May Day in Philly

Philadephians, for the second year in a row, celebrated International Labor Day at Elmwood Park in the city’s southwest section. The site has historical significance in part because of its history in the heart of what was once a major industrial area for the Delaware Valley. It will soon be the home of a memorial monument to the labor movement.

On this rainy day, a crowd of over 100 heard Philadelphia AFL-CIO President Pat Eiding urge workers to remember their history and to act in the present. Urging action on the Employee Free Choice Act, he said, “There are only two votes on EFCA, ‘yes’ or ‘no’. We won’t be heard unless we get some laws passed. The employers see this economy as an opportunity to take back from labor. We have to sit on (new Democratic senator) Specter’s doorstep until he gets the message. And that goes for any Democrat who is dancing around this issue.”

Thomas Paine Cronin, head of the Comey Institute of Industrial Relations at St.Joseph’s University and former President of AFSCME District Council 47, compared the present period to the 1930s and said that a similar effort from labor and its allies is needed now. Emphasizing the challenges, he noted the continued existence of the Patriot Act, the increased troop levels in Afghanistan and the recent layoff of thousands of workers at the profitable Caterpillar company. He told the crowd that “the message of May Day 2009 is that we have an agenda. It has to be about health care, not pouring more money down the rat hole of military spending.”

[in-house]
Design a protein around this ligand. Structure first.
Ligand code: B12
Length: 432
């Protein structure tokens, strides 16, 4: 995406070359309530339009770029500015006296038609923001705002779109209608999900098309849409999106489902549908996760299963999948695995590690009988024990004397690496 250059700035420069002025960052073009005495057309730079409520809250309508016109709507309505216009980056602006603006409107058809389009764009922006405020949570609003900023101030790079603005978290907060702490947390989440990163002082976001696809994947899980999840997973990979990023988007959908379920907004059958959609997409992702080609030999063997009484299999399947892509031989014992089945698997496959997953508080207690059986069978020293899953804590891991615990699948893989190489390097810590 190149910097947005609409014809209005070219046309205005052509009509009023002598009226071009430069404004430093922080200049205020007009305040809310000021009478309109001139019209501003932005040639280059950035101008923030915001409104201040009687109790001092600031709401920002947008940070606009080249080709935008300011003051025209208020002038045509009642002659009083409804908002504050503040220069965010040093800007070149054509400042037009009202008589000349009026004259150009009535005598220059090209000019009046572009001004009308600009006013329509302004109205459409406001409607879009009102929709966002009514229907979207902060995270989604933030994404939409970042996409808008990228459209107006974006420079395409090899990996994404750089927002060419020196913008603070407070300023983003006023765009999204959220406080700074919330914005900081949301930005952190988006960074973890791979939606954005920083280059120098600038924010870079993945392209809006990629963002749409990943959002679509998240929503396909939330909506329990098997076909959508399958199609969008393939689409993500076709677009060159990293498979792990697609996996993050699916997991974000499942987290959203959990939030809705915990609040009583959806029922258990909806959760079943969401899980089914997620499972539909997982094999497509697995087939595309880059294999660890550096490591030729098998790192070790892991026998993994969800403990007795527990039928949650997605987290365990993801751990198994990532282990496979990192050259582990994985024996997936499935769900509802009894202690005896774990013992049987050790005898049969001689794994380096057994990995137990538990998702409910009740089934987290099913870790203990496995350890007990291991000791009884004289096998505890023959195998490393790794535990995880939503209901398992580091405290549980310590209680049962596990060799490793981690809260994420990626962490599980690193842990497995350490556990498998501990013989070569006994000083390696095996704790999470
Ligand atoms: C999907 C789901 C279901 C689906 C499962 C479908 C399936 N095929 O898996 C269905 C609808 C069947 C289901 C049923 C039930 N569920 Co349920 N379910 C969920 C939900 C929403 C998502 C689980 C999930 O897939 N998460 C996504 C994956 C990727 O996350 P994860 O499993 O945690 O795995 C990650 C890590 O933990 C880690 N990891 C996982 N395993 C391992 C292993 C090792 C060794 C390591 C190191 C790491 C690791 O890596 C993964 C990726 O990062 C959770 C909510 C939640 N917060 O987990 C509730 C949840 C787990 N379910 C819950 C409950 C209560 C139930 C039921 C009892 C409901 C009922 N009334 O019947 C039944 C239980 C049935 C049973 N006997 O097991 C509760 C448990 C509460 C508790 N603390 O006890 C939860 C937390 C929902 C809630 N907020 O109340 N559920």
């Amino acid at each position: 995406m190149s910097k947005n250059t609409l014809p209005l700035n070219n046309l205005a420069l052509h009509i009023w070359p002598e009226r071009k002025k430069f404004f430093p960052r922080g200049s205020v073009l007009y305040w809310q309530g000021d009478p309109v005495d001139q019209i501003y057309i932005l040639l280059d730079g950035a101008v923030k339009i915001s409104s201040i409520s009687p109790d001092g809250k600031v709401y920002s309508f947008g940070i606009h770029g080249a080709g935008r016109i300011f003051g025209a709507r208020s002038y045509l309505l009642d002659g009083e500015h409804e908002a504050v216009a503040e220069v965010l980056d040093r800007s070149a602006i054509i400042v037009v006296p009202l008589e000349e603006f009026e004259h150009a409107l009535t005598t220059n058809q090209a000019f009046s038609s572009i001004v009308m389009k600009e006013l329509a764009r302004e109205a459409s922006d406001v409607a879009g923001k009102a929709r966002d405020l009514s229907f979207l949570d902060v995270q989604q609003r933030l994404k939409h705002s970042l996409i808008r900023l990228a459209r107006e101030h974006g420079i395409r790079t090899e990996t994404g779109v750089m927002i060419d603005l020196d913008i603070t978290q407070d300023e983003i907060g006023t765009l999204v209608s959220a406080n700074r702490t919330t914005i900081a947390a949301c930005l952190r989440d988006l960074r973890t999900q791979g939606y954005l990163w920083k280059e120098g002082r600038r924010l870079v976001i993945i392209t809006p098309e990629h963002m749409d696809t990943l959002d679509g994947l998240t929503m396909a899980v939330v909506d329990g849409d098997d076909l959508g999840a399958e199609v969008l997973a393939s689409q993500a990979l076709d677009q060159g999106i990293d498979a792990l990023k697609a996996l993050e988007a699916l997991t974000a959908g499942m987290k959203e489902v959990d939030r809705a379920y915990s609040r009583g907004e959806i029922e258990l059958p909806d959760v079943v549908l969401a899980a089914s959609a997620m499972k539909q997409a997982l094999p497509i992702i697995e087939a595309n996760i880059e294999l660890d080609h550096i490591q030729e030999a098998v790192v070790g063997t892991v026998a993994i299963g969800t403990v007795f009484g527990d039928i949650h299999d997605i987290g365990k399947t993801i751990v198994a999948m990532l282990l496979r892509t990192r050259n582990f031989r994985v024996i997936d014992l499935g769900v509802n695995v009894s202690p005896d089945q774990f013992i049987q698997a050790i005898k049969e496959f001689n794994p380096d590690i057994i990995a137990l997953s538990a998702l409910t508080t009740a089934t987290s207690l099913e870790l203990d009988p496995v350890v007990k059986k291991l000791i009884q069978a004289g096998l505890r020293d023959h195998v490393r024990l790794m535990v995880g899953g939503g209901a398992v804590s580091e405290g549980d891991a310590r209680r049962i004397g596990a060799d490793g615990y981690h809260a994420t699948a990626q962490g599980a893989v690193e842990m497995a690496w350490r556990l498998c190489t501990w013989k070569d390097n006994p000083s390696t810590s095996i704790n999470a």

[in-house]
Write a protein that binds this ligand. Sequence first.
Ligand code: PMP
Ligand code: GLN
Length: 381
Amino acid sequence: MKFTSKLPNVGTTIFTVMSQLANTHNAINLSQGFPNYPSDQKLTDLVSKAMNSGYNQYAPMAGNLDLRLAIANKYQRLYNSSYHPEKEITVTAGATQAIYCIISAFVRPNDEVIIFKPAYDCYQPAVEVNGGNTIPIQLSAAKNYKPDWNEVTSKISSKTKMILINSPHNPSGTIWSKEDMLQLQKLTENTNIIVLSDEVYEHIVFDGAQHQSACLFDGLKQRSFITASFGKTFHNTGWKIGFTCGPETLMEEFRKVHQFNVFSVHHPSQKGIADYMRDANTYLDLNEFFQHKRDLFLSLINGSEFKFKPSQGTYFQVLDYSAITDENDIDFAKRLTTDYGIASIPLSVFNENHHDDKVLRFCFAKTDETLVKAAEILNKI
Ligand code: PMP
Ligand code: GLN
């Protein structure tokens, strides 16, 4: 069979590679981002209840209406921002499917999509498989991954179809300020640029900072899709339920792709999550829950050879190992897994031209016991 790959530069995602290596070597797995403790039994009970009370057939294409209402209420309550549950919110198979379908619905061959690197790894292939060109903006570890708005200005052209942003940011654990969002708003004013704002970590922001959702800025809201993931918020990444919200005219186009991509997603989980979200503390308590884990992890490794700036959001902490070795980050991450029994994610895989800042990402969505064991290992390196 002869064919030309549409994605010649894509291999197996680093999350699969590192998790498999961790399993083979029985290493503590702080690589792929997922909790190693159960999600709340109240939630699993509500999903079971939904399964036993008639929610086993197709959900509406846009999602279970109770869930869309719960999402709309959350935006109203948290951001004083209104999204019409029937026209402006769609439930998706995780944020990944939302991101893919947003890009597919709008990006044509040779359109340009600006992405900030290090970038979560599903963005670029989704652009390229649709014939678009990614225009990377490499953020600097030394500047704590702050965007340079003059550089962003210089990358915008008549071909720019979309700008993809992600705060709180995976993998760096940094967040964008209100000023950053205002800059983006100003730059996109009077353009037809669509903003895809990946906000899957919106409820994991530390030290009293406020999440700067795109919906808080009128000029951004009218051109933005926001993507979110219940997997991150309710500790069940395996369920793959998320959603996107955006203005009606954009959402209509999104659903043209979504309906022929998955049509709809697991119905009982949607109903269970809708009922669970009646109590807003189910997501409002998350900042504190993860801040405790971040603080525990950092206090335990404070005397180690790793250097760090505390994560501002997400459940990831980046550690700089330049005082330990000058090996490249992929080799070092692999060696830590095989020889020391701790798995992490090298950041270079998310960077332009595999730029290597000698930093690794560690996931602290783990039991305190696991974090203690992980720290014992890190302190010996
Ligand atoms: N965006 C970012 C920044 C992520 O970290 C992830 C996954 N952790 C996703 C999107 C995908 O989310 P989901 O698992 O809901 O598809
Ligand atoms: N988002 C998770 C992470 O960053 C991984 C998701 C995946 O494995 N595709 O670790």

Musicians and rappers added a rich cultural component to the program. Rapper The Truth urged students and adults to study “the real history of our nation; Socialists and Communists fought discrimination.”